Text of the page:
Accounts like Emma’s should be reported and blocked.

Fake Job Offer Scam

The Scam

Just from an emotionally draining perspective, this one is right at the top. The accounts who run them tend to look really legit, and tend to leverage the good reputations of large companies to invoke a sense of trust in the false process.

They reach out to you, generally posing as a recruiter for a large company. They ask intelligent questions and usually have checked out your LinkedIn profile so they can sound non-generic and realistic.

They will set up a typical interview and they will actually show up. The one that I showed up for was with a lady from the far east. I’m not sure if she was Indonesian or Malaysian. She asked some pretty general questions and let me do most of the talking. It didn’t feel too different from the dozen or so other interviews that I’d taken the month prior to that.

What did feel different was the quick offer that I received the following day. Typically for leadership roles in tech you have three or more interviews with different people within a company to assess both your capabilities and your cultural fit within a company. It’s a process and when it feels rushed, it sets off a red flag in my mind.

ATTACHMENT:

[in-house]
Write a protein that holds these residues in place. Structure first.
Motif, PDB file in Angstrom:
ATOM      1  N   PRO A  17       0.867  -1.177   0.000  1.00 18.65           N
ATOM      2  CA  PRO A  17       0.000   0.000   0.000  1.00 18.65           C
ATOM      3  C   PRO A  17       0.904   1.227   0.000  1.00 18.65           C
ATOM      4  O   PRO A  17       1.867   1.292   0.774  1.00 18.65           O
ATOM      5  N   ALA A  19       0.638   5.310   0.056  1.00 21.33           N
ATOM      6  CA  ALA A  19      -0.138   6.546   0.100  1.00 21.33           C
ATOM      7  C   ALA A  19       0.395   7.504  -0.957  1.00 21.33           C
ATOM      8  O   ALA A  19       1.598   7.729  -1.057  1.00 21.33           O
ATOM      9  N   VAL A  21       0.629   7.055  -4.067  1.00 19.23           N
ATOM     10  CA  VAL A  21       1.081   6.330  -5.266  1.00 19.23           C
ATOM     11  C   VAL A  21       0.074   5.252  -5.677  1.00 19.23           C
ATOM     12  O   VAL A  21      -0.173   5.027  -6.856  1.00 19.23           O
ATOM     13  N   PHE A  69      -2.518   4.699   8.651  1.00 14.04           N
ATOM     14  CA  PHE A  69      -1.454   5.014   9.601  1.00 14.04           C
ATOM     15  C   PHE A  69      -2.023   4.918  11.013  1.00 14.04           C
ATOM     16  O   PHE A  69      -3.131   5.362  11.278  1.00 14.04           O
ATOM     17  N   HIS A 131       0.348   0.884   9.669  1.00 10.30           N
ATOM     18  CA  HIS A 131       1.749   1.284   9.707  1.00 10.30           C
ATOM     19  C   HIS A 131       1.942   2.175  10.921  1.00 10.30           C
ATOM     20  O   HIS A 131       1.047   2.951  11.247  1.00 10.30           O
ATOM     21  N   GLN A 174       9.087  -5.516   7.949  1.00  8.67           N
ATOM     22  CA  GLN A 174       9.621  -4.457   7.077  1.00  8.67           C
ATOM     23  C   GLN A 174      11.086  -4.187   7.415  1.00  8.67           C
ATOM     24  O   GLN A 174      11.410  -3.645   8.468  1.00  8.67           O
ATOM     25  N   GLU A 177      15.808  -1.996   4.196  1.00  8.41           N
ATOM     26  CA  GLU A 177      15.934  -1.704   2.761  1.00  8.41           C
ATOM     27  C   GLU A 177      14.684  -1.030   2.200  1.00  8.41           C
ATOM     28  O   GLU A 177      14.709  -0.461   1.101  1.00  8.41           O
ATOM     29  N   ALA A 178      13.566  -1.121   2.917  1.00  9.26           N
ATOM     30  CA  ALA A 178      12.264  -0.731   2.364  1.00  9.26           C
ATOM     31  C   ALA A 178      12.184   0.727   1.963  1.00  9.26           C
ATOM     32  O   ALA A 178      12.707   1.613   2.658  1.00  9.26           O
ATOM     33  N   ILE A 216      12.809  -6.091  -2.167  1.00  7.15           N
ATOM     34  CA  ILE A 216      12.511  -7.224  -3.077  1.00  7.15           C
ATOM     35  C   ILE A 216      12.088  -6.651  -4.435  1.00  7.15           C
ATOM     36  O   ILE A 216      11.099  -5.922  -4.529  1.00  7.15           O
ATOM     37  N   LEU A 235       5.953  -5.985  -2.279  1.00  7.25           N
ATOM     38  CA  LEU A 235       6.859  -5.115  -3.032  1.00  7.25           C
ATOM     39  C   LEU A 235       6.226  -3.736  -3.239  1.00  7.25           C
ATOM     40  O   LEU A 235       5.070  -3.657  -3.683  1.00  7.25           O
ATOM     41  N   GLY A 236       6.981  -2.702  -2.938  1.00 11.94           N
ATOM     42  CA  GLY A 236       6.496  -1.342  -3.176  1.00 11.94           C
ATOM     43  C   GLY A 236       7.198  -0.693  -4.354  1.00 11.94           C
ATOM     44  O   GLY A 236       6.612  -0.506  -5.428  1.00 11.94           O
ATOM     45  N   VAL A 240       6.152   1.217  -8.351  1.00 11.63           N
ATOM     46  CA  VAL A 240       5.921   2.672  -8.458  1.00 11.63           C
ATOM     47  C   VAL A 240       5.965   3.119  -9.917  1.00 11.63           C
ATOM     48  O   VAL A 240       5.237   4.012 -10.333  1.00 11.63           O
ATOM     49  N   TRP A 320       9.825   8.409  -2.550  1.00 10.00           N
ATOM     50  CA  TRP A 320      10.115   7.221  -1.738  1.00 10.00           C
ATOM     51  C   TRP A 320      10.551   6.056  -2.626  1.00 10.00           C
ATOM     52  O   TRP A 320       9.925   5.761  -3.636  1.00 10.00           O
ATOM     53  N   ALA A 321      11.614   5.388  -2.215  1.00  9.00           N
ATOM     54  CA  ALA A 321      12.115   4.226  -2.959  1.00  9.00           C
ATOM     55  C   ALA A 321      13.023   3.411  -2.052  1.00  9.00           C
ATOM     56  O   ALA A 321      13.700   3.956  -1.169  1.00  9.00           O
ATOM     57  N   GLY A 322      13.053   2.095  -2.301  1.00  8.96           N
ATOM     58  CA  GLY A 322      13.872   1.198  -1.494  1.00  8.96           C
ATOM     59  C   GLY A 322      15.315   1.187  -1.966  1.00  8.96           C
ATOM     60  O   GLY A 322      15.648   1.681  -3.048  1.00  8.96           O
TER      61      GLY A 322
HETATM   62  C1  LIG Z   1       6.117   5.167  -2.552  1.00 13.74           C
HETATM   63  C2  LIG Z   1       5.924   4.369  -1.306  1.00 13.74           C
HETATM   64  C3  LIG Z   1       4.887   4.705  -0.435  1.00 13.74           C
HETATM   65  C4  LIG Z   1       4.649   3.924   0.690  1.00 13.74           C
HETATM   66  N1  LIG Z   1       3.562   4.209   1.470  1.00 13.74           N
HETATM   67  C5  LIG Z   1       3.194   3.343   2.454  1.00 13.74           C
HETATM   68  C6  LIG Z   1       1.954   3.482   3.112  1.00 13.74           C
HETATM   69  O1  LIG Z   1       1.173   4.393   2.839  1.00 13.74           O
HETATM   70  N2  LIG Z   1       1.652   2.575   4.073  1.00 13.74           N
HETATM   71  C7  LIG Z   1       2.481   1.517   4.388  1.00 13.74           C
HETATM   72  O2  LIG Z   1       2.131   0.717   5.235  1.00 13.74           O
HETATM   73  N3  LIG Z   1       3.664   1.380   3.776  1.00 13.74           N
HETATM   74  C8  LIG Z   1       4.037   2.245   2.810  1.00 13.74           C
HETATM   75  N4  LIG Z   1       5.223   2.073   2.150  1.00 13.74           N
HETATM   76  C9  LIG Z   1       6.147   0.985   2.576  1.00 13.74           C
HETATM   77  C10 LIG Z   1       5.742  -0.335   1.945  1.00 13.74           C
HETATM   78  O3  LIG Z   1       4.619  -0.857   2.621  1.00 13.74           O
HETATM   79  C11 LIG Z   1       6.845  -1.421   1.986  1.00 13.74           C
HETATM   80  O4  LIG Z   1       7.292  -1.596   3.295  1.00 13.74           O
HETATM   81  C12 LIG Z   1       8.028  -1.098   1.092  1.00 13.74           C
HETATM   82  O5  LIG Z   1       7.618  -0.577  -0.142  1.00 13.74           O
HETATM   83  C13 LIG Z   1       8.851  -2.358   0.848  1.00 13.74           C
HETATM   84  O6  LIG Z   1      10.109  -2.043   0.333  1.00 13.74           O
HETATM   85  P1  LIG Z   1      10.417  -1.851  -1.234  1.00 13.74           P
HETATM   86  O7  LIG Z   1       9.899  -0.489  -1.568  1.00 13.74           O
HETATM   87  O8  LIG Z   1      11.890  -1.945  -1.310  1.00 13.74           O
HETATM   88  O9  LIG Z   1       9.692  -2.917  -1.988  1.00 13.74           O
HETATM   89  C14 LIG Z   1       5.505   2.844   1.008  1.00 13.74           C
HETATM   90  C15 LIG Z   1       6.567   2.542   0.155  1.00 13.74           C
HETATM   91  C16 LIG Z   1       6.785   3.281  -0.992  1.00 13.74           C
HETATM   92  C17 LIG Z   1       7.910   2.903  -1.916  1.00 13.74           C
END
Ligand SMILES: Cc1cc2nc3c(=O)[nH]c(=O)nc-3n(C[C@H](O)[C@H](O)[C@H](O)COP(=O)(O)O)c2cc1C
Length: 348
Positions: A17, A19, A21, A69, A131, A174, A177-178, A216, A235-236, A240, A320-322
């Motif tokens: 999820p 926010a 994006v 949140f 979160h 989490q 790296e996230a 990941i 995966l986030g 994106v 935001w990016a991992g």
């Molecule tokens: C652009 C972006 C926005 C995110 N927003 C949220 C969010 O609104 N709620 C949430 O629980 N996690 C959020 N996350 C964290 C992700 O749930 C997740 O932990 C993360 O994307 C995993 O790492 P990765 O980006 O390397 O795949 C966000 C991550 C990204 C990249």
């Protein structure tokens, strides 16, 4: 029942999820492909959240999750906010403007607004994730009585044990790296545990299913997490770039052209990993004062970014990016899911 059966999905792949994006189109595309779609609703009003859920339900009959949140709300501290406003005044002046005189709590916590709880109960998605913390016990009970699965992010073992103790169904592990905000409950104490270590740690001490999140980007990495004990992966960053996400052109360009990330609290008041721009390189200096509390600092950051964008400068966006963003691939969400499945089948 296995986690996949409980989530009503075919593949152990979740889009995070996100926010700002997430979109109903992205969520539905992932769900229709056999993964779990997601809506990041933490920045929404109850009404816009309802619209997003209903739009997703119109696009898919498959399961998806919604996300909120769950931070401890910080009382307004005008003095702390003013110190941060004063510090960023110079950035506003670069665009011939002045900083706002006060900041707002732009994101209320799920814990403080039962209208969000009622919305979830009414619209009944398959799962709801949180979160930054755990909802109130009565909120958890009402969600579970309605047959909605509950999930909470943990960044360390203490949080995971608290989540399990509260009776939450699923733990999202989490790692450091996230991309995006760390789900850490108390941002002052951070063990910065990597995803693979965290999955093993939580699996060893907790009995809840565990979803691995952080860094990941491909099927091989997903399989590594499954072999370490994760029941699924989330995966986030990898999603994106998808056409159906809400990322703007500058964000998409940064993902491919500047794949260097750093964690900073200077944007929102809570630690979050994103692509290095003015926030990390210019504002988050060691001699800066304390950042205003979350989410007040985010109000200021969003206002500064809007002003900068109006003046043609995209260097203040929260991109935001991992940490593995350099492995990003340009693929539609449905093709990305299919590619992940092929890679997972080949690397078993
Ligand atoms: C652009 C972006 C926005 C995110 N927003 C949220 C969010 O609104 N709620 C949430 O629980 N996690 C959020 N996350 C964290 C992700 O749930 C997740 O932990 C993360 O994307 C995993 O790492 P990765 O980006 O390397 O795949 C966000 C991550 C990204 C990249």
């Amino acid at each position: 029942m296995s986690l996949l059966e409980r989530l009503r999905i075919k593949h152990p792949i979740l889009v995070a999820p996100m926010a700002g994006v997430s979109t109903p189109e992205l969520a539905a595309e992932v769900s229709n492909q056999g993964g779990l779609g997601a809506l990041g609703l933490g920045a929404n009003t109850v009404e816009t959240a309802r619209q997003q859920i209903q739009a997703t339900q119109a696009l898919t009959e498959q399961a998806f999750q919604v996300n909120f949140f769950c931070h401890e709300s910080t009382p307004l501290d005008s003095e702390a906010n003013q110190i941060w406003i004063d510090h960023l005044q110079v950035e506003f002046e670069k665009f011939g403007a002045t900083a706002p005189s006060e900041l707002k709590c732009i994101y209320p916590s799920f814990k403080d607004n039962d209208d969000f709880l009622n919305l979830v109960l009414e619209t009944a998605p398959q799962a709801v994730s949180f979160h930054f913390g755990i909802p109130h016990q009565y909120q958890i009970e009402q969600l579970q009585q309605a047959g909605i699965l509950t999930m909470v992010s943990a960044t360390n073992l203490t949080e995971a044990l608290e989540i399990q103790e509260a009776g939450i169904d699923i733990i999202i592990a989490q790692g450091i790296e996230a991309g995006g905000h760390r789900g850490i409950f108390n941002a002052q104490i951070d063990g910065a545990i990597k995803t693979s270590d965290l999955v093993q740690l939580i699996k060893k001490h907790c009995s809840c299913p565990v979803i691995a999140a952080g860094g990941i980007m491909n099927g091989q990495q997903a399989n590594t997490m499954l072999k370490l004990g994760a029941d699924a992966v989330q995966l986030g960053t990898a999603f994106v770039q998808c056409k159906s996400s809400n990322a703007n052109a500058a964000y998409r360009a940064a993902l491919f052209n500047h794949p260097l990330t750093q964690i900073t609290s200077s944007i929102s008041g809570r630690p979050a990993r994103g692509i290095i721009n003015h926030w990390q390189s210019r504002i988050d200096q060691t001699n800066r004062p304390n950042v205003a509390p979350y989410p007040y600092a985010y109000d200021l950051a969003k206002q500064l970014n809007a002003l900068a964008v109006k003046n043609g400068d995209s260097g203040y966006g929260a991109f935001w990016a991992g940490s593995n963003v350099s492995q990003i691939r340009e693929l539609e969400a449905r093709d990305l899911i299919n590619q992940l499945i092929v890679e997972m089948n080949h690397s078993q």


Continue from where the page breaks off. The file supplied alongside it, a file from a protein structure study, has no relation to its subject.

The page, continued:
The offer itself was at least 100% more than what I’d mentioned during my call with her as my target salary, and this felt strange.

What made it an obvious scam were the requests for me to hand over money to process the job application, and that I’d need to cover their equipment costs. I declined and she ghosted me.

Defense Method

Being aware that these types of scams are out there is a big help in setting you up for a solid defense against them.

During interviews you should remember that you’re not just being interviewed, but also doing an interview of the company itself. Ask pointed questions and get a feel for if anything strikes you as odd or off.

Categorically refuse to pay any processing fees for your recruitment or on-boarding. I know that there are some companies out there that expect you to front costs for training, clothing, work materials, or other things needed for the job. I do consider these a type of scam and actively avoid companies who require them.

Install and Scan

The Scam

As promised, I’m going to share how I lost about 33 ETH tokens. A little back story is necessary to make this make any sense. In truth, I had no intention of making this personal disaster public, but I feel a need to share in the hopes that it saves someone in the future.